Susan Story -- President and Chief Executive Officer

That's a great question, Rich. So again, for water investor-owned utilities, I think that of course the answer is yes. And predominantly Eversource, with their acquisition of Aquarion, and I'm sure that all of you were keeping up with what's going on with the merger between San Jose, Connecticut Water, and then Eversource's bid for Connecticut Water and Cal Water's bid for San Jose. So I think that's the main thing that we're seeing.

And again, outside of that, as we look at our strategy of buying municipalities that are between 3,000, 5,000 and 30,000, those are relatively small for someone to break into an industry. They also typically are in areas contiguous to where we're already located. We have named brands in those areas, we have people and communities. So for that area, we don't see as much because, first of all, these acquisitions of distressed municipalities take, as Walter showed in his slides, years to cultivate relationships because when municipalities are buying, yes, price is a big deal, but they also want to make sure that their citizens have the best service possible and are taken care of, and that they don't have to worry about emerging contaminants, and that they have professionals running the system. So what we find is for that particular market that we focus on, it's more difficult for someone who is not in our industry to break into that.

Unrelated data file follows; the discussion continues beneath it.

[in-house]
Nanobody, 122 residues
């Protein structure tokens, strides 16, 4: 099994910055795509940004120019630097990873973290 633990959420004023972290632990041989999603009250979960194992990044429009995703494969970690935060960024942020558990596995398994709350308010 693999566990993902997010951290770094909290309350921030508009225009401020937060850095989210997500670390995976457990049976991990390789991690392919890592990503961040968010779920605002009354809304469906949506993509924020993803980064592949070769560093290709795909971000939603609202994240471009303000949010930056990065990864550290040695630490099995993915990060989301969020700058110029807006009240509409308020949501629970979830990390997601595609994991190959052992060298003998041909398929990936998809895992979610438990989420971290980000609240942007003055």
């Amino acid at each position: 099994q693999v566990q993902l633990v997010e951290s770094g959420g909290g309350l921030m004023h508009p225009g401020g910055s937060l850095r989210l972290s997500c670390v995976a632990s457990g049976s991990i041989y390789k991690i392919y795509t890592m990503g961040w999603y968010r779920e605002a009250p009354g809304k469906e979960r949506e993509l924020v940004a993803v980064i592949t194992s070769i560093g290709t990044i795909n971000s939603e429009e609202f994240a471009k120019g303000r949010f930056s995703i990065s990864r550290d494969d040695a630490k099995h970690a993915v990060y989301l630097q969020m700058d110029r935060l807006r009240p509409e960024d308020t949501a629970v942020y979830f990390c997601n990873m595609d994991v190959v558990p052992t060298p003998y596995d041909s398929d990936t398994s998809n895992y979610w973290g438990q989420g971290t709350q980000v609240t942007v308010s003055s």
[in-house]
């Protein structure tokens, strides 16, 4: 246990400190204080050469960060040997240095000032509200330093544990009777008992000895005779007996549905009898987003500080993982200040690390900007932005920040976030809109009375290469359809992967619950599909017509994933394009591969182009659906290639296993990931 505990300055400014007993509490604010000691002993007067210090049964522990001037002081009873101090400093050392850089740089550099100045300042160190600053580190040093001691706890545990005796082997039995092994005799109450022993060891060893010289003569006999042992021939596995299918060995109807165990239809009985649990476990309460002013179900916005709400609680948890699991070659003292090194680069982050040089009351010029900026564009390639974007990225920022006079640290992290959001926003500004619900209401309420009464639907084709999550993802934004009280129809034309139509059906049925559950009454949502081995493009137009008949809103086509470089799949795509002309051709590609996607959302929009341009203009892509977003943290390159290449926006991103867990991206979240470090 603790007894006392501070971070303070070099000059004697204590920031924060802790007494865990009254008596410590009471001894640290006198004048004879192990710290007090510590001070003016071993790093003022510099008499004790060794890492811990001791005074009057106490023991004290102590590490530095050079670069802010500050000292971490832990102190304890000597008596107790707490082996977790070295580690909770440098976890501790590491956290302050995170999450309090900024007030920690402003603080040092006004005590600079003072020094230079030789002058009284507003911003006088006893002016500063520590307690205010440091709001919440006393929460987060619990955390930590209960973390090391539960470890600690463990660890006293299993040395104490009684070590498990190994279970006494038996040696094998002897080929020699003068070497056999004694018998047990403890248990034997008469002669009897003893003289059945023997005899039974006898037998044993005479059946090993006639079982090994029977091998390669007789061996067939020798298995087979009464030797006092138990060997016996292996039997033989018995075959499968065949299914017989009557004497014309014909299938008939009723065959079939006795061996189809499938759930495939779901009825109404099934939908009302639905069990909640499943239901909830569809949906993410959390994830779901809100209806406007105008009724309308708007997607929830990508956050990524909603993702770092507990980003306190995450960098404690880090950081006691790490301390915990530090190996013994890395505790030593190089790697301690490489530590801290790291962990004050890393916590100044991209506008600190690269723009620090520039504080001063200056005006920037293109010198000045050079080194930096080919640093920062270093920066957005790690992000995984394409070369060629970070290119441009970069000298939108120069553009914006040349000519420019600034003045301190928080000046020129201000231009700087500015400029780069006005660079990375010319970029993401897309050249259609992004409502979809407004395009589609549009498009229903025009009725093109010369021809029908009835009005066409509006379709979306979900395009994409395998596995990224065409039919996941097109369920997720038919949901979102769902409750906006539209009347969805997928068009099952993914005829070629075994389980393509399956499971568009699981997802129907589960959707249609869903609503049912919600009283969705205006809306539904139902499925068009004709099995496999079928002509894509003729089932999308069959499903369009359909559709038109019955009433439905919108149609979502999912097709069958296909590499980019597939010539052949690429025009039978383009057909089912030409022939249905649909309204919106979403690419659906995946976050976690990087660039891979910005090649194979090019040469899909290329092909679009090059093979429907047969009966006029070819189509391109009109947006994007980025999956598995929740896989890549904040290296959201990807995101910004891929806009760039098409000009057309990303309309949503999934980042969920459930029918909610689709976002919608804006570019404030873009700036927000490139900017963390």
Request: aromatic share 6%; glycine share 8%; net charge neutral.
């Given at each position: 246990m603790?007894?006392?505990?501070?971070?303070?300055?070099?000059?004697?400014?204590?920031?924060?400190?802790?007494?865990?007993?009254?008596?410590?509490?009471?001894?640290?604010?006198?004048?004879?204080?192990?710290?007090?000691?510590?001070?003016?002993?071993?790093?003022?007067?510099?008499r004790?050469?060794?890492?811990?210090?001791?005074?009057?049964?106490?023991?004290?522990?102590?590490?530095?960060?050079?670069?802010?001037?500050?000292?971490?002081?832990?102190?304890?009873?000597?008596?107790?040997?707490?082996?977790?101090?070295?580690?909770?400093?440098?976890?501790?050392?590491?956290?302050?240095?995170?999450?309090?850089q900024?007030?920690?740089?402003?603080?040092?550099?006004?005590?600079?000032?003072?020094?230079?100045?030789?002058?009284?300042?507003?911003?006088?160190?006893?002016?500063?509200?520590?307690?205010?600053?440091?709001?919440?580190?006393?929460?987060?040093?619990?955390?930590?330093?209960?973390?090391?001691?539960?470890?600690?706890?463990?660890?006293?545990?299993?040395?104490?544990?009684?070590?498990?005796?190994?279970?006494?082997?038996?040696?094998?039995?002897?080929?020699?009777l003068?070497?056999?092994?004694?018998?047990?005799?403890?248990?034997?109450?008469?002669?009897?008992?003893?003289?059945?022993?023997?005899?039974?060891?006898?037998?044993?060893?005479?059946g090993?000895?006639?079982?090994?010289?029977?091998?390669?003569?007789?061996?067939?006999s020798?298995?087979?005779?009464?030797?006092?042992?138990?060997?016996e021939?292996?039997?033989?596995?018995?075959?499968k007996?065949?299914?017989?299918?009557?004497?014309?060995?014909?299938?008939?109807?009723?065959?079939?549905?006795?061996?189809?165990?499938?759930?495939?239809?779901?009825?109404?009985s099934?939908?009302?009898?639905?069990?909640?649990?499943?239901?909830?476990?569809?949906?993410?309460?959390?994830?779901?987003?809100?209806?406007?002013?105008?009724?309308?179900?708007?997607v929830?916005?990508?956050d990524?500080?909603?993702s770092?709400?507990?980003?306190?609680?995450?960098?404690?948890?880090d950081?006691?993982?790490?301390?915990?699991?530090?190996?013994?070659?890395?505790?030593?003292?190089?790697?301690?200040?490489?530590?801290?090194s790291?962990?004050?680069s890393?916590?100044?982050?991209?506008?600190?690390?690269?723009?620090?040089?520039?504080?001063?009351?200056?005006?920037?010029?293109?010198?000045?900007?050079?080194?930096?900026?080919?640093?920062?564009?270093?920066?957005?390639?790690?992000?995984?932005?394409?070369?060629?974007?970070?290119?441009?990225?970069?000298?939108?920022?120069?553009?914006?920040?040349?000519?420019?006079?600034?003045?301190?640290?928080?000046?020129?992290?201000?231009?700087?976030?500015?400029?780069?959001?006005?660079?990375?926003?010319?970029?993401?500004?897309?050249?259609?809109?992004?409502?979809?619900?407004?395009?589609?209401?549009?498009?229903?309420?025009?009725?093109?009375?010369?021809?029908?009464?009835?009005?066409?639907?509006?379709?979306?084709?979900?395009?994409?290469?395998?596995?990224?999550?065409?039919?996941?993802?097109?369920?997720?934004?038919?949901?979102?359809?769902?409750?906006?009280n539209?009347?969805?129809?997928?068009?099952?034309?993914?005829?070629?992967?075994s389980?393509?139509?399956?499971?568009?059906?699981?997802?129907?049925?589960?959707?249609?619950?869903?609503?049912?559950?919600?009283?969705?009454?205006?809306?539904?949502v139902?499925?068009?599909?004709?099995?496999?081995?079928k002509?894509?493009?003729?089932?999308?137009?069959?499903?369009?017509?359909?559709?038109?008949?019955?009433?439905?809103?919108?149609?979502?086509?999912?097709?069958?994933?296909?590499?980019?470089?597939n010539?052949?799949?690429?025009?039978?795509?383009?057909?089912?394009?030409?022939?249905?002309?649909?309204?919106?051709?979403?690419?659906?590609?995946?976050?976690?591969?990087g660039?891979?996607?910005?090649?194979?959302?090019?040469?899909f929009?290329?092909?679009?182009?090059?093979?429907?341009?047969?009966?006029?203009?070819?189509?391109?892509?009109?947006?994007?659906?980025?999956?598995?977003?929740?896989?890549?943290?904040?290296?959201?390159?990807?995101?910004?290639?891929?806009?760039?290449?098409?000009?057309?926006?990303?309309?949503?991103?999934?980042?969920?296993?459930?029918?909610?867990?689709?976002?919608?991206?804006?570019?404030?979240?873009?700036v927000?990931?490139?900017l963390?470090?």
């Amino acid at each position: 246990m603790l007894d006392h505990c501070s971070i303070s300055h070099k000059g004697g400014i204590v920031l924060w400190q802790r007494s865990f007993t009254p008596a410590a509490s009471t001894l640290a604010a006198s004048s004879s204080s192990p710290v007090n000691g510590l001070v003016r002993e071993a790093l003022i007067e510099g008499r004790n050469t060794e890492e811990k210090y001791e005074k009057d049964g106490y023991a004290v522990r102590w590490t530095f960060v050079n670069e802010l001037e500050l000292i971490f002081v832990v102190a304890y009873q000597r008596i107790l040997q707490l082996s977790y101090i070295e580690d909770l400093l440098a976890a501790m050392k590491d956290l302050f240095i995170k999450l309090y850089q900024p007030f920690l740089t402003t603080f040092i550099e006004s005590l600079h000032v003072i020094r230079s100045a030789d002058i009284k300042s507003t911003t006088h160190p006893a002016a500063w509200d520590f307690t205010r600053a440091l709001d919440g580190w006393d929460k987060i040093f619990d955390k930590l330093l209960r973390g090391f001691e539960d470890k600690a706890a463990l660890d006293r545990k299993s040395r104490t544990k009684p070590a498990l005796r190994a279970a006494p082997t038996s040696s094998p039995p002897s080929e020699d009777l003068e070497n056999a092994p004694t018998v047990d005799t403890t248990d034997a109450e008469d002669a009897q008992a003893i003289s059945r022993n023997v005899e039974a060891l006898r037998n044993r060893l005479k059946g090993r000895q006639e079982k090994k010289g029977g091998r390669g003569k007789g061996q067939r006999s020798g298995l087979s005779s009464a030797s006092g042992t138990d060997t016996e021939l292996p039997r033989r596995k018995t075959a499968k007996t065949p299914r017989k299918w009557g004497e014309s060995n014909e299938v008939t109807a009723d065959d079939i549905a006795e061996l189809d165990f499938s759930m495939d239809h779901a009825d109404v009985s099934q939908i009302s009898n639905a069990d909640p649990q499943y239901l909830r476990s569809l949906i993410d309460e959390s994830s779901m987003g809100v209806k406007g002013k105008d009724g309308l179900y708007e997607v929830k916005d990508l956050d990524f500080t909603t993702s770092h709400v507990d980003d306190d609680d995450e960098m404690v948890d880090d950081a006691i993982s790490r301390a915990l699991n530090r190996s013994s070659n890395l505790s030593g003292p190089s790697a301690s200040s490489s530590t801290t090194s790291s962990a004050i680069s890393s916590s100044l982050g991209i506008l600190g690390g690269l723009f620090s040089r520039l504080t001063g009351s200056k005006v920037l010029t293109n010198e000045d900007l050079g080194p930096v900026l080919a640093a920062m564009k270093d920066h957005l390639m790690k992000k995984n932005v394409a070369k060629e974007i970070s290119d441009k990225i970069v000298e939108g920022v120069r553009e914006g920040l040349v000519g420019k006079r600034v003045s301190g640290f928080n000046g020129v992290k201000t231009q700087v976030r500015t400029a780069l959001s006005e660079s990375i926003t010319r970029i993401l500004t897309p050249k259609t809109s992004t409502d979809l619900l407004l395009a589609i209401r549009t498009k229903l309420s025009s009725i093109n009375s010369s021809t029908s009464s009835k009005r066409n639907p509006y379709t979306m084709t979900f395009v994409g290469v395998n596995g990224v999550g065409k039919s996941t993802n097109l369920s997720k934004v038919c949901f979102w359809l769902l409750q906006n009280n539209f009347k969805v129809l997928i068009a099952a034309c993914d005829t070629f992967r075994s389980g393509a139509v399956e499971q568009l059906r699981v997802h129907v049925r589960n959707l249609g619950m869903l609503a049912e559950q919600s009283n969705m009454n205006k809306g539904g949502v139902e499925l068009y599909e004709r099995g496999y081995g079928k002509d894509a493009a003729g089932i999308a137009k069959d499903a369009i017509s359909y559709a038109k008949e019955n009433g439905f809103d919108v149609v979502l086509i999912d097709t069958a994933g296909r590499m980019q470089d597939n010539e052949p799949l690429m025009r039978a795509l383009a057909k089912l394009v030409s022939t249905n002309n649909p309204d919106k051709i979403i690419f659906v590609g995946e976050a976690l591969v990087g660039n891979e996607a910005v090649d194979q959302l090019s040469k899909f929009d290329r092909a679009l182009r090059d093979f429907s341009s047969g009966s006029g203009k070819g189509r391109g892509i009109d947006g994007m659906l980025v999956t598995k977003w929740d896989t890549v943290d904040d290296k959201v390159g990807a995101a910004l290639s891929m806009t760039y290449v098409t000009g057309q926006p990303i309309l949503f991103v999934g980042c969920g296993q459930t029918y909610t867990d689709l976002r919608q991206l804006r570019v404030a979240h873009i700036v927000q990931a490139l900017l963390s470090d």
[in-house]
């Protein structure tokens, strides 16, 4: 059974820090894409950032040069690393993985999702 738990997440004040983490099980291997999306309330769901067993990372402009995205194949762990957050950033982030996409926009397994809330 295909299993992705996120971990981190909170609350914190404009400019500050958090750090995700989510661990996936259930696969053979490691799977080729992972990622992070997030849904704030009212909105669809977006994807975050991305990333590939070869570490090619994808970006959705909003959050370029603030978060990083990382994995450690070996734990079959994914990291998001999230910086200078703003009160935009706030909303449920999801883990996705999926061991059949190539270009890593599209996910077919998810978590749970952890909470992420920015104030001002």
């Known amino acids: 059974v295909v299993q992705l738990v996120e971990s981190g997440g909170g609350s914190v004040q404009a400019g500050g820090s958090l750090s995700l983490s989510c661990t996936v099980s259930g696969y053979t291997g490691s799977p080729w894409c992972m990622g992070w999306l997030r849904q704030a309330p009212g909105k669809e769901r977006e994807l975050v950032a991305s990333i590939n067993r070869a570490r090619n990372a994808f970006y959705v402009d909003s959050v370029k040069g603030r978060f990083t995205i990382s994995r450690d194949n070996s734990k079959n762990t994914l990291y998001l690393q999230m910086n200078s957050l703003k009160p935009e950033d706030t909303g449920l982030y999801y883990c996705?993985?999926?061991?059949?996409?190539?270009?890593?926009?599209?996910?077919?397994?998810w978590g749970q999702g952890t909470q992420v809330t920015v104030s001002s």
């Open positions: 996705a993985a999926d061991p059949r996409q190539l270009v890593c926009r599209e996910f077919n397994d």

Richard Verdi -- Atwater Thornton -- Analyst

Okay, great. Thank you, Susan. And actually I have one other question too, and it pertains to the military front. By our estimates, that's a pretty large opportunity and the majority of those contracts should be awarded between kind of next year and maybe 2025. And so I was just wondering if you could give us an update on the military basin that's -- on the military-based contract ops in the sense of, is that more focused on pursuing new opportunities or is it -- are you guys more focused on kind of pruning and improving the bases you have under the umbrella right now? I mean, are you guys going out and actively looking for new bases to bring underneath the American umbrella?

Susan Story -- President and Chief Executive Officer

That's a great question, Rich. And the answer is, yes, we are. And so to back up for those that may not be quite as familiar, when you buy a base, there is typically work that goes on. It's mostly -- it's working capital predominantly. Then we have an operating -- once you win a base, you have a 50-year contract to operate on that base water and wastewater. Then, as you mentioned, it is buying new bases or doing capital upgrades on the bases.